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    ABSTRACT: BRCA1/2 mutation carriers show reduced apoptotic response to ionising radiation leading to recent debate about the safety of wide local excision and radiotherapy. The aim of the current study was to determine if BRCA1/2 mutation carriers with breast cancer undergoing wide local excision and radiotherapy show increased ipsilateral and contralateral breast tumour recurrence and reduced survival compared with unilateral mastectomy. Following a detailed literature search, the methodology, populations, biases and outcomes of ipsilateral breast tumour recurrence, contralateral breast tumour recurrence and survival were evaluated for 25 articles. No differences in outcomes were found between wide local excision and mastectomy. BRCA1/2 mutation status was predictive of contralateral breast cancer only. Radiotherapy reduces the risk of ipsilateral recurrence and confers no increase in contralateral recurrence. BRCA1/2 mutation status does not preclude treatment with wide local excision and radiotherapy. Given the retrospective studies with inherent flaws and small patient numbers, further large prospective trials are required. Copyright © 2015 The Royal College of Radiologists. Published by Elsevier Ltd. All rights reserved.
    Clinical Oncology 06/2015; DOI:10.1016/j.clon.2015.06.001
  • Clinical Oncology 06/2015; DOI:10.1016/j.clon.2015.06.004
  • Clinical Oncology 06/2015; DOI:10.1016/j.clon.2015.05.007
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    ABSTRACT: Systemic therapy in advanced non-small cell lung cancer (NSCLC) is the standard of care. The time of treatment administration has not been examined in the metastatic setting. A 'watch and wait' approach for the initiation of chemotherapy is sometimes used in clinical practice, either because of patient preference, presumed indolent disease behaviour, upfront radiotherapy or other interventions. We propose to evaluate the effect of a watch and wait approach on systemic treatment deliverability and patients' outcomes in a population-based study. A retrospective analysis of stage IIIB/IV NSCLC patients referred to medical oncology at the British Columbia Cancer Agency in 2009 was conducted. We defined the following: immediate chemotherapy (ICT) - chemotherapy ≤8 weeks from medical oncology consult; watch and wait chemotherapy (WWC) - initial observation with chemotherapy > 8 weeks from medical oncology consultation; watch and wait missed (WWM) - watch and wait patients who did not receive chemotherapy; best supportive care (BSC) - patients deemed chemotherapy ineligible. Statistical methods included Kaplan-Meier analysis, Log-rank tests and Cox proportional hazards modelling. In total, 744 patients were seen by medical oncology; 355 (48%) received ICT, 173 (23%) watch and wait and 216 (29%) BSC. Of the 173 patients on a watch and wait approach, 42% missed an opportunity for chemotherapy due to poor performance status (50%), death (49%) and comorbidity (1%). The median overall survival was as follows: watch and wait 11.5 months, ICT 12.8 months and BSC 4.3 months (P < 0.0001). Controlling for confounding factors (age, gender, performance status), overall survival was longer in WWC (hazard ratio 0.73, confidence interval 0.81-1.07, P = 0.023) and lower in WWM (hazard ratio 1.68, 95% confidence interval 1.27-2.22, P < 0.0001), compared with ICT. A significant proportion of watch and wait patients never receive systemic therapy, predominantly due to a decline in performance status. Patients in the ICT group were younger, had a better performance status and had non-squamous histology compared with the watch and wait group. The overall survival was longer in the patients who received ICT versus watch and wait. The watch and wait strategy is associated with a high risk of missing the opportunity for any chemotherapy and should be judiciously implemented only in carefully selected patients. Crown Copyright © 2015. Published by Elsevier Ltd. All rights reserved.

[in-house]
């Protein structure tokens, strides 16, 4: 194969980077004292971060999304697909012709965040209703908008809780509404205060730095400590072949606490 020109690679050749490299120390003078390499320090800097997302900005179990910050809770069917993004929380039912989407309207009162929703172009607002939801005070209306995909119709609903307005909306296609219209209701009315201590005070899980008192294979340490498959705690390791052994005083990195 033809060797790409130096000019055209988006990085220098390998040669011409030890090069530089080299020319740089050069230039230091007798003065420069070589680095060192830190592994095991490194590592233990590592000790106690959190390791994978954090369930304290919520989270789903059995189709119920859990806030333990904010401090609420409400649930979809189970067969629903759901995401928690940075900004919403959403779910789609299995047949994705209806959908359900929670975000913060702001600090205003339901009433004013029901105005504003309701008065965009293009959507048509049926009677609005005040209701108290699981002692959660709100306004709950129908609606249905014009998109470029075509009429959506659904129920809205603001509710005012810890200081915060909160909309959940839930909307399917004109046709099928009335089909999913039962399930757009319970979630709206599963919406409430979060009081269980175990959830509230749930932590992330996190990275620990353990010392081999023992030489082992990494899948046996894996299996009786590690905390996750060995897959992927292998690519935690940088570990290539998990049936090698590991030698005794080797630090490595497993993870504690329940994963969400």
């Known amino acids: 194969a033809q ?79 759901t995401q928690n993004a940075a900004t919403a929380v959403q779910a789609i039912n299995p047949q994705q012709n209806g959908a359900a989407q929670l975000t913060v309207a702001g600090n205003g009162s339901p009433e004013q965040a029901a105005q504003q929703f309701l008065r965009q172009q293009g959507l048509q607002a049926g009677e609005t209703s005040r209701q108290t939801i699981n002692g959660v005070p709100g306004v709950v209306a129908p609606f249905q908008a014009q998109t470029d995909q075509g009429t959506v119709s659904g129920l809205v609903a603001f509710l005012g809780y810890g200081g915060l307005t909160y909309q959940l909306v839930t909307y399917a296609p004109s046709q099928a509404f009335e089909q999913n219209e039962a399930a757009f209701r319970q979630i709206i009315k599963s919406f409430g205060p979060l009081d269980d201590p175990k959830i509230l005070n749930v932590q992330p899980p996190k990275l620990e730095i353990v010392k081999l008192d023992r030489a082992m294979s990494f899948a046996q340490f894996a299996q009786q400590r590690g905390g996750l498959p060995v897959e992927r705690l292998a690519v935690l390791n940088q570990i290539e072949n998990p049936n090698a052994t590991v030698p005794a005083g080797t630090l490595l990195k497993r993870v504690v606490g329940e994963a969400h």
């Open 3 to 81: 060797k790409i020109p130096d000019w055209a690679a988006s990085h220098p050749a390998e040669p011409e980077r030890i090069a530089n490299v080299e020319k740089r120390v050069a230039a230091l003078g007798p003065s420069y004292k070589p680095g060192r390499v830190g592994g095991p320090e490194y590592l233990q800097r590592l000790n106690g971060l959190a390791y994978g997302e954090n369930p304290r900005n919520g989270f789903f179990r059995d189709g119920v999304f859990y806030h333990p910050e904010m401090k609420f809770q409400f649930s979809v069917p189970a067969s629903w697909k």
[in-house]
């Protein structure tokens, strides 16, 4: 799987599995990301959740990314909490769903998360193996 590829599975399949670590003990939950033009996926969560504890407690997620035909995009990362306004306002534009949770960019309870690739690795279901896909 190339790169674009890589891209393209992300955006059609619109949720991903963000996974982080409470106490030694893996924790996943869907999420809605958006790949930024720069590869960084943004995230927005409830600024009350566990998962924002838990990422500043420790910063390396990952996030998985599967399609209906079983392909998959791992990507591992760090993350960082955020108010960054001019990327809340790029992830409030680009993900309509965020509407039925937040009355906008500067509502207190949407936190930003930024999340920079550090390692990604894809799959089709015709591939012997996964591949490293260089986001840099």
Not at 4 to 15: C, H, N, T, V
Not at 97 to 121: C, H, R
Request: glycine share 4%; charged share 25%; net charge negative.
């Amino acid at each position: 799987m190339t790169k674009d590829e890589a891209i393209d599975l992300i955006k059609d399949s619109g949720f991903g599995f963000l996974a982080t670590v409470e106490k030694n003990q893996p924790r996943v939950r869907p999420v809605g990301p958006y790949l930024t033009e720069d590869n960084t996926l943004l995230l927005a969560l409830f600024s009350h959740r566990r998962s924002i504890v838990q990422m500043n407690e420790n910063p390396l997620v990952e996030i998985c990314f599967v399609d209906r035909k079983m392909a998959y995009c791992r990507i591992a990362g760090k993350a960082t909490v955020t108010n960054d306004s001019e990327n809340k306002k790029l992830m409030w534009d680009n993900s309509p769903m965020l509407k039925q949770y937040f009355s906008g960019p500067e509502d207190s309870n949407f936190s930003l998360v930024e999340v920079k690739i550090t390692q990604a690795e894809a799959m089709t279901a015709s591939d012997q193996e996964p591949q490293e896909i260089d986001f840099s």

Clinical Oncology 06/2015; DOI:10.1016/j.clon.2015.05.009
  • Clinical Oncology 06/2015; DOI:10.1016/j.clon.2015.06.003